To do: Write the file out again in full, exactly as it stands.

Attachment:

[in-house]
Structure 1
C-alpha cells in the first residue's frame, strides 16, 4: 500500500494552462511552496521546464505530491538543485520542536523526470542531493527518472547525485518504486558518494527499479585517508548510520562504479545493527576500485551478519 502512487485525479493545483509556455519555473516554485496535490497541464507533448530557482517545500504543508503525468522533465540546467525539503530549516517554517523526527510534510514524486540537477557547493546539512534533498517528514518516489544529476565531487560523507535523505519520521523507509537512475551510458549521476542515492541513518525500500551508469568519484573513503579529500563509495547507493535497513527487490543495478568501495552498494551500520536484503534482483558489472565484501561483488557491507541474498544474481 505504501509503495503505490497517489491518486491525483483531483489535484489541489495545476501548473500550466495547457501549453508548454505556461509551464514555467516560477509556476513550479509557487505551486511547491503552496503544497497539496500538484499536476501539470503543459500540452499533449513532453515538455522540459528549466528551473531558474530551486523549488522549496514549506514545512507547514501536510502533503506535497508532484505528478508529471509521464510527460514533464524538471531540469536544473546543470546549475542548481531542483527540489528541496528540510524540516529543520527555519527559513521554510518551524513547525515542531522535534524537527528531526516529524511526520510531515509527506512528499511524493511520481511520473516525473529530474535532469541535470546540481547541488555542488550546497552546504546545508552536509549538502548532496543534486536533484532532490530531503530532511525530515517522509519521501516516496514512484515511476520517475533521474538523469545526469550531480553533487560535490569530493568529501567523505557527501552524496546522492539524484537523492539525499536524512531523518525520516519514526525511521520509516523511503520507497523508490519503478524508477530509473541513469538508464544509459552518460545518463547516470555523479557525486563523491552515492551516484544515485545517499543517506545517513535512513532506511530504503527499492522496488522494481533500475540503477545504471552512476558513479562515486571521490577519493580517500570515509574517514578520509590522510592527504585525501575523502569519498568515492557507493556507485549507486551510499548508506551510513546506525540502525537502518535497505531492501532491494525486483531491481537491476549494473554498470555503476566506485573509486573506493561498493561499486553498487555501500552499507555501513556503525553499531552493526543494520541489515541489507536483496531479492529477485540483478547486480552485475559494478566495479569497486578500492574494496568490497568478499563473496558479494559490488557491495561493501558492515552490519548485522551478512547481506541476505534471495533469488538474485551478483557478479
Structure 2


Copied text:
[in-house]
Structure 1
C-alpha cells in the first residue's frame, strides 16, 4: 500500500494552462511552496521546464505530491538543485520542536523526470542531493527518472547525485518504486558518494527499479585517508548510520562504479545493527576500485551478519 502512487485525479493545483509556455519555473516554485496535490497541464507533448530557482517545500504543508503525468522533465540546467525539503530549516517554517523526527510534510514524486540537477557547493546539512534533498517528514518516489544529476565531487560523507535523505519520521523507509537512475551510458549521476542515492541513518525500500551508469568519484573513503579529500563509495547507493535497513527487490543495478568501495552498494551500520536484503534482483558489472565484501561483488557491507541474498544474481 505504501509503495503505490497517489491518486491525483483531483489535484489541489495545476501548473500550466495547457501549453508548454505556461509551464514555467516560477509556476513550479509557487505551486511547491503552496503544497497539496500538484499536476501539470503543459500540452499533449513532453515538455522540459528549466528551473531558474530551486523549488522549496514549506514545512507547514501536510502533503506535497508532484505528478508529471509521464510527460514533464524538471531540469536544473546543470546549475542548481531542483527540489528541496528540510524540516529543520527555519527559513521554510518551524513547525515542531522535534524537527528531526516529524511526520510531515509527506512528499511524493511520481511520473516525473529530474535532469541535470546540481547541488555542488550546497552546504546545508552536509549538502548532496543534486536533484532532490530531503530532511525530515517522509519521501516516496514512484515511476520517475533521474538523469545526469550531480553533487560535490569530493568529501567523505557527501552524496546522492539524484537523492539525499536524512531523518525520516519514526525511521520509516523511503520507497523508490519503478524508477530509473541513469538508464544509459552518460545518463547516470555523479557525486563523491552515492551516484544515485545517499543517506545517513535512513532506511530504503527499492522496488522494481533500475540503477545504471552512476558513479562515486571521490577519493580517500570515509574517514578520509590522510592527504585525501575523502569519498568515492557507493556507485549507486551510499548508506551510513546506525540502525537502518535497505531492501532491494525486483531491481537491476549494473554498470555503476566506485573509486573506493561498493561499486553498487555501500552499507555501513556503525553499531552493526543494520541489515541489507536483496531479492529477485540483478547486480552485475559494478566495479569497486578500492574494496568490497568478499563473496558479494559490488557491495561493501558492515552490519548485522551478512547481506541476505534471495533469488538474485551478483557478479
Structure 2